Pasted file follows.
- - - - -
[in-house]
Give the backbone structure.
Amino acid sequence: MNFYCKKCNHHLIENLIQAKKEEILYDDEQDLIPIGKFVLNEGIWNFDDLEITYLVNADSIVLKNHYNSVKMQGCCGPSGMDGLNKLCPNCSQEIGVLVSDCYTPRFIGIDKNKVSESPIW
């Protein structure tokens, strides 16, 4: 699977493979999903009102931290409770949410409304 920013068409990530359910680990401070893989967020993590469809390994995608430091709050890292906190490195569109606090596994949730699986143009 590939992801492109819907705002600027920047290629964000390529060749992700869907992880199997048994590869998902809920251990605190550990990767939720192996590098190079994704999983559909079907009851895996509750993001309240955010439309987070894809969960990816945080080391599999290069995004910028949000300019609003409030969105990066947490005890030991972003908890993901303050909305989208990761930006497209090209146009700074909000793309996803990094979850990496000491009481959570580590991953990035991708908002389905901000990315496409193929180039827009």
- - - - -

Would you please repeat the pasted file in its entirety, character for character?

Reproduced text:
[in-house]
Give the backbone structure.
Amino acid sequence: MNFYCKKCNHHLIENLIQAKKEEILYDDEQDLIPIGKFVLNEGIWNFDDLEITYLVNADSIVLKNHYNSVKMQGCCGPSGMDGLNKLCPNCSQEIGVLVSDCYTPRFIGIDKNKVSESPIW
């Protein structure tokens, strides 16, 4: 699977493979999903009102931290409770949410409304 920013068409990530359910680990401070893989967020993590469809390994995608430091709050890292906190490195569109606090596994949730699986143009 590939992801492109819907705002600027920047290629964000390529060749992700869907992880199997048994590869998902809920251990605190550990990767939720192996590098190079994704999983559909079907009851895996509750993001309240955010439309987070894809969960990816945080080391599999290069995004910028949000300019609003409030969105990066947490005890030991972003908890993901303050909305989208990761930006497209090209146009700074909000793309996803990094979850990496000491009481959570580590991953990035991708908002389905901000990315496409193929180039827009």